Q. With first base prospect Anthony Rizzo on his way from Class AAA soon, what are realistic expectations for him early on?
A. Certainly you want to see a pretty vast improvement of his numbers compared to last year's slash line of .141/.281/.242 (.523 on base plus slugging) with the San Diego Padres, but it's not totally about the numbers.
I'd like to see patient at-bats, the power I witnessed in spring training (and clearly continued once the AAA season began), adjustments to big-league pitchers who exploited him last year, and consistent defense.
He got into an offensive funk that he couldn't escape in his 2011 debut, and it's not something he wants to repeat.
I know fans are thirsty to see the latest "next Cubs superstar," so the external pressure will be great.
But by all accounts, Rizzo has every intangible you want in a prospect, and hopefully he can take it all in stride.
Plus, he has a bunch of veterans and fellow 22-year-old teammate in Starlin Castro who can help him navigate the bright spotlight.
Q. After Alfonso Soriano was booed by Cubs fans for not running out the dropped liner vs. Boston, his manager and teammates were vocal in their support for him. What is your perspective on his standing in the clubhouse?
A. Of all the teams I've been around, there may not be a more popular guy in a clubhouse than Soriano is with the Cubs.
He is fun to be around -- always happy and gracious, never in a foul mood. I have long been impressed by his ability to deal with fans booing at Wrigley Field.
He seems to get this very simple idea: You play well, the fans will cheer for you. You struggle or fail to hustle, they will let you hear about it.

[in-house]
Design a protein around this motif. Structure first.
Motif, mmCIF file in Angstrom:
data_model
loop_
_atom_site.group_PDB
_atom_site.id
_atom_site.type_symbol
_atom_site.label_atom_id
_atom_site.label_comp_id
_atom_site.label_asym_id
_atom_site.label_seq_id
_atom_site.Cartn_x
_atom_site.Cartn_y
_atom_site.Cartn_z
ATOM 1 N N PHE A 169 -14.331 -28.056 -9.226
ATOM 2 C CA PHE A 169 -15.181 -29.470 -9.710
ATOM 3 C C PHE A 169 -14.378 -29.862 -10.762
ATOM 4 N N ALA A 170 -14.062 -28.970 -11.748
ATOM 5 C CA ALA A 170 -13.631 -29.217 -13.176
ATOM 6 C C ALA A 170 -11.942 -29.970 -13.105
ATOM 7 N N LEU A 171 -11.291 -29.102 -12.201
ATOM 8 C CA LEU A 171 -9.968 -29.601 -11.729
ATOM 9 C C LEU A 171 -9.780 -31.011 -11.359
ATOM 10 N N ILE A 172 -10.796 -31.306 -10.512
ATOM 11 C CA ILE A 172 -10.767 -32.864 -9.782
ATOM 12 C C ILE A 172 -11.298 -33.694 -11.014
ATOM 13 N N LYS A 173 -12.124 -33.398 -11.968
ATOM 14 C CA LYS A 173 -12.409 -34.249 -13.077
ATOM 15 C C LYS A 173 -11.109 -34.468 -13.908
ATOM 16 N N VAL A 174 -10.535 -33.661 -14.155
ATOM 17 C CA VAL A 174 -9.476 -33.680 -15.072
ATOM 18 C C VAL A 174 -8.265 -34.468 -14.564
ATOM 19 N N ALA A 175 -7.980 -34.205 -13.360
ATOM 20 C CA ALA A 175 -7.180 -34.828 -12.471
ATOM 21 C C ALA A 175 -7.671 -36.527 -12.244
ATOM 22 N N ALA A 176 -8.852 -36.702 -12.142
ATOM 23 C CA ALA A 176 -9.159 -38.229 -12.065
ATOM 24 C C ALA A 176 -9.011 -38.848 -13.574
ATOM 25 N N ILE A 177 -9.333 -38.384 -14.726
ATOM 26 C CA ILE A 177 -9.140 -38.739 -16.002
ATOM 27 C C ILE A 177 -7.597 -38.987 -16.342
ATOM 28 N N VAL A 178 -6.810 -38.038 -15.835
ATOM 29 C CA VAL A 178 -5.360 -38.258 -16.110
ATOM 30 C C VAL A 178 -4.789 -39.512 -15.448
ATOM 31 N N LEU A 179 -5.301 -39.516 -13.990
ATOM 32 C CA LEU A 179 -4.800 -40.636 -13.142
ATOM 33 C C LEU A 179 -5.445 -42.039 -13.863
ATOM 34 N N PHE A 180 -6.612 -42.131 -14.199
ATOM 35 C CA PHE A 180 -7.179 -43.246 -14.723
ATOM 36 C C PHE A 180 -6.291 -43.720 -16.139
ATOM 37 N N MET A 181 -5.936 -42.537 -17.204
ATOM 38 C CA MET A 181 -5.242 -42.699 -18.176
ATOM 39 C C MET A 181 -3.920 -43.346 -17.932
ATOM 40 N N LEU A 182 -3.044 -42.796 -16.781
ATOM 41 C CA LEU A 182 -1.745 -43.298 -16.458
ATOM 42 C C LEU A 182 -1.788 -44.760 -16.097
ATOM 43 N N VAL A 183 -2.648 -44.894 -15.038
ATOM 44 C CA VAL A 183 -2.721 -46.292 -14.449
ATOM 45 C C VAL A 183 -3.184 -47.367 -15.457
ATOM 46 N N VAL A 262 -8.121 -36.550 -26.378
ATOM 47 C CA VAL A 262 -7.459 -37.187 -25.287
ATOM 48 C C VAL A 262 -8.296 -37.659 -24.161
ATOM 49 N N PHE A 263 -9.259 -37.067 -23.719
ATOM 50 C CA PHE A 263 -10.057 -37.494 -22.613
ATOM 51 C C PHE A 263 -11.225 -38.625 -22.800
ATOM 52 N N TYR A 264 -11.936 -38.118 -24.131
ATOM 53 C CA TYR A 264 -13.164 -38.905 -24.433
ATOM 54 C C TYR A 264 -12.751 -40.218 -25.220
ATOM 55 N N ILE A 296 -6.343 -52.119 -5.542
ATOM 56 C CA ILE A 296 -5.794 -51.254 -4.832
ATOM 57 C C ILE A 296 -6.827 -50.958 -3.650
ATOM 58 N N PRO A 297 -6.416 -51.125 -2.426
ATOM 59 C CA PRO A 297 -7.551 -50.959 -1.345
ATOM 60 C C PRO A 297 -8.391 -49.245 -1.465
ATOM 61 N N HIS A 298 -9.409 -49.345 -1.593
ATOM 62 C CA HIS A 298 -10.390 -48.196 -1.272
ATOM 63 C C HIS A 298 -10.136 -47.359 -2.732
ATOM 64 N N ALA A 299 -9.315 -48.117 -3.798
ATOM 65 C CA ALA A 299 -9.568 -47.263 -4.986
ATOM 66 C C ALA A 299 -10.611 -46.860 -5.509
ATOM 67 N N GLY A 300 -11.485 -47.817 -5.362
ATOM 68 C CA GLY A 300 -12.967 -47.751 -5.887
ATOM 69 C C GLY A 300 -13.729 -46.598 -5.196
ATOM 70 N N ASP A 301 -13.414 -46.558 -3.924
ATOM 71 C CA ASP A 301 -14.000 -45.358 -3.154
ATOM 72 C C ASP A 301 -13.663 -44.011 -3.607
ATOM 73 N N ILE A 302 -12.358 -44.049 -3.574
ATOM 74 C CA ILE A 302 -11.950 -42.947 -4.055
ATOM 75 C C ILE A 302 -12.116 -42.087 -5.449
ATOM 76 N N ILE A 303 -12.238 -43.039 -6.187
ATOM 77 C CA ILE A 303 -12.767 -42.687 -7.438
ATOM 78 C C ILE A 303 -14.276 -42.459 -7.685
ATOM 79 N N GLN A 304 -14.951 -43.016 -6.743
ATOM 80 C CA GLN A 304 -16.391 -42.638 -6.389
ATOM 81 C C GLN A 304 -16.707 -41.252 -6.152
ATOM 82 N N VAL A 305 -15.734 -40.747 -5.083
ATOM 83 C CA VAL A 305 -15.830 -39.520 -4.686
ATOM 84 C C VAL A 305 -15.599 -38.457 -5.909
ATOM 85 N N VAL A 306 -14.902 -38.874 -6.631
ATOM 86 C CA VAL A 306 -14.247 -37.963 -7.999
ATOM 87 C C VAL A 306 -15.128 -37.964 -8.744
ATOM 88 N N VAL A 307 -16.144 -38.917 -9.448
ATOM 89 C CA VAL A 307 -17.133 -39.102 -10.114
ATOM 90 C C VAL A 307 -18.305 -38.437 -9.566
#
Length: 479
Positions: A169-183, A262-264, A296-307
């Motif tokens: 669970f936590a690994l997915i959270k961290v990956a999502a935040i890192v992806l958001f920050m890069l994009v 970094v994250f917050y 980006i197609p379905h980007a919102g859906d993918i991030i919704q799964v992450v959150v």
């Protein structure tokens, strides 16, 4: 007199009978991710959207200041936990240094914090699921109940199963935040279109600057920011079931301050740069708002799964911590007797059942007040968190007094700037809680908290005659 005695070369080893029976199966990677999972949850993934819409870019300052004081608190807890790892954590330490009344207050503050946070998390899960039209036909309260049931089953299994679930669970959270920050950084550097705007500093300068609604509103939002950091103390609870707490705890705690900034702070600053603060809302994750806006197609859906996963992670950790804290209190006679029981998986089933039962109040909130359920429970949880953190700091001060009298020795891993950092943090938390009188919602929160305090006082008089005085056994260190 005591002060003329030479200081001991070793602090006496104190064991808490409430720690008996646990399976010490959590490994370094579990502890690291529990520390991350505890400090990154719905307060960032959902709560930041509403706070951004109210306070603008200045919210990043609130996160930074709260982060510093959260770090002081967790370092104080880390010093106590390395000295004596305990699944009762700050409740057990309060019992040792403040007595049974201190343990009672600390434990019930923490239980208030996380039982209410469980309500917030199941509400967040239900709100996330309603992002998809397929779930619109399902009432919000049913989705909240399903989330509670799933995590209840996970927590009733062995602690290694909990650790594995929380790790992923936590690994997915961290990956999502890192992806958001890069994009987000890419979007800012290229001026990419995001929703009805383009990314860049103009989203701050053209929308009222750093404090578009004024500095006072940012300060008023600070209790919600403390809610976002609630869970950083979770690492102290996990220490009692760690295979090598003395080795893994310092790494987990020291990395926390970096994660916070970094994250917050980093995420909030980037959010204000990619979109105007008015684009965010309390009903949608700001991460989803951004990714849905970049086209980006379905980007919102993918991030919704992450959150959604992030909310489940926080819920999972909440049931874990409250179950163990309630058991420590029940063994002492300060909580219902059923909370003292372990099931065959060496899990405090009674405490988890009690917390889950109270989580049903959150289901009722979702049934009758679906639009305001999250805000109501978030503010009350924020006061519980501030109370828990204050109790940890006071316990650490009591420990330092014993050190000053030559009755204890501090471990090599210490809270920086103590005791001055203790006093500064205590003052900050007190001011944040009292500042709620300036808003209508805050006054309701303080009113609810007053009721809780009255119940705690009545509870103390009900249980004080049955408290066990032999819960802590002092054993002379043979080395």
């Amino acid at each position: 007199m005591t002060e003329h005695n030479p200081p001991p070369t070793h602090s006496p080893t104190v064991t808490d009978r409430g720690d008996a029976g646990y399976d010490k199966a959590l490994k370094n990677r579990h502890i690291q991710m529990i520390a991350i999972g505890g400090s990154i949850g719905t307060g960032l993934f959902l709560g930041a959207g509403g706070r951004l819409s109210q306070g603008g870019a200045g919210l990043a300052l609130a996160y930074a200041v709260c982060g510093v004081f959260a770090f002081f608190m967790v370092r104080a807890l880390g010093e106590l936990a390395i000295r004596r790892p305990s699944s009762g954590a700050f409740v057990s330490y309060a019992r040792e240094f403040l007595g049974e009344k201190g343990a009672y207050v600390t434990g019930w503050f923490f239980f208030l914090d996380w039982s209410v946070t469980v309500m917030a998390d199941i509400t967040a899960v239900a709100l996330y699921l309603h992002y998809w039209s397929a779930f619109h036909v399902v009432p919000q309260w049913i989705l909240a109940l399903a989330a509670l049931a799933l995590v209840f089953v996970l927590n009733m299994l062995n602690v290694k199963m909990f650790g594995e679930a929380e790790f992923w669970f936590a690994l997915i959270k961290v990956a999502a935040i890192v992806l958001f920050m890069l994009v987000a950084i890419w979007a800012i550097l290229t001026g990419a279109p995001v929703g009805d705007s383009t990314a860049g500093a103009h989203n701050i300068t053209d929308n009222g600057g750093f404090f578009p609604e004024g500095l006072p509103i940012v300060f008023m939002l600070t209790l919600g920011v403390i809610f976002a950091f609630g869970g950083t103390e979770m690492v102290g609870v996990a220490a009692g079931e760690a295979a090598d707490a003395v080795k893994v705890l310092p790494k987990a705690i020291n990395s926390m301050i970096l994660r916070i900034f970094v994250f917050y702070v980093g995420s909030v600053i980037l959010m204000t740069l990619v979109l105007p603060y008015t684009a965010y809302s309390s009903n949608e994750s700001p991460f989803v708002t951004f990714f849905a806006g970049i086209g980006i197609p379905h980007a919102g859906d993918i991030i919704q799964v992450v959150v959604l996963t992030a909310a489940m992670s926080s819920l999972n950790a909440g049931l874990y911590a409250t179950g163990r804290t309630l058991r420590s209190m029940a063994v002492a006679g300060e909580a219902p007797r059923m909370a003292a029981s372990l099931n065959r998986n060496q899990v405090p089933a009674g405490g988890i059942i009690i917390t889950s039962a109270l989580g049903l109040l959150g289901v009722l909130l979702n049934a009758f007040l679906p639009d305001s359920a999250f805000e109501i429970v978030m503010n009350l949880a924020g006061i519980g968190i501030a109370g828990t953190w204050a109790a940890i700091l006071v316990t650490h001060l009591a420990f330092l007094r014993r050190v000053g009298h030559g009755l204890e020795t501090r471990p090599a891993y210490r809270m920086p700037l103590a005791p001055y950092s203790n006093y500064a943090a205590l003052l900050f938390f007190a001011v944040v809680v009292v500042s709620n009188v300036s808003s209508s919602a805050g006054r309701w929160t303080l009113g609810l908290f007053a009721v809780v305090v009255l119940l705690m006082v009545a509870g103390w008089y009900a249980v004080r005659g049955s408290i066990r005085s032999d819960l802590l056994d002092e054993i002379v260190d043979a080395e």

Many players have come and gone and never fully understood or accepted it here. But he has a very even-keeled personality in that regard, and it has served him well.
I agree with his assessment that the booing last weekend was a bit unfair, but fans always have a right to express their frustration vocally, whether they are right or not.
Alfonso's teammates and manager and coaches defended him because they see how hard he works and how good a teammate he is.
Q. Who is the Cubs' top all-star candidate at this point?
A. I have to go with Castro to make the team for the second consecutive season. Soriano is making an interesting case, as is Bryan LaHair. But I just think Starlin is the Cubs' best overall player and most deserving at this point.
Q. Do you have any favorite baseball broadcast crews or announcers you prefer or seek out when you're not working?
A. There are a ton of great broadcasters out there, and having MLB.TV allows me to check out my favorites.
Duane Kuiper and Mike Krukow of the Giants probably are my top local duo. Nobody (aside from Bob and me, of course!) has more fun on the air.
I always try to get a good dose of Vin Scully's solo Dodgers broadcasts. The greatest play-by-play announcer ever is still doing something very few of us could even fathom attempting -- calling nine innings of TV by himself. Incredible.
Jon Sciambi and Chris Singleton from ESPN's Sunday Night radio crew are excellent. And let me add one broadcaster who I believe is very underrated -- Ken Singleton of the Yankees.
He has a great voice and a smooth delivery and is equally adept at play-by-play and color analysis. The Yankees have a large rotation of TV announcers, so it's easy for him to get lost in the shuffle, but I think "Singy" is fantastic.
•Len Kasper is the TV play-by-play broadcaster for the Chicago Cubs. Follow him on Twitter @lenandbobwww.wgntv.com/lenandbob;http://www.wgntv.com/blogs/lenandbob/[URL]. Subscriber Total Access members can email him [/URL]questions;mailto:cubsquestions%40dailyherald.com?subject=Reader%20question[URL] each week via our online link.[/URL]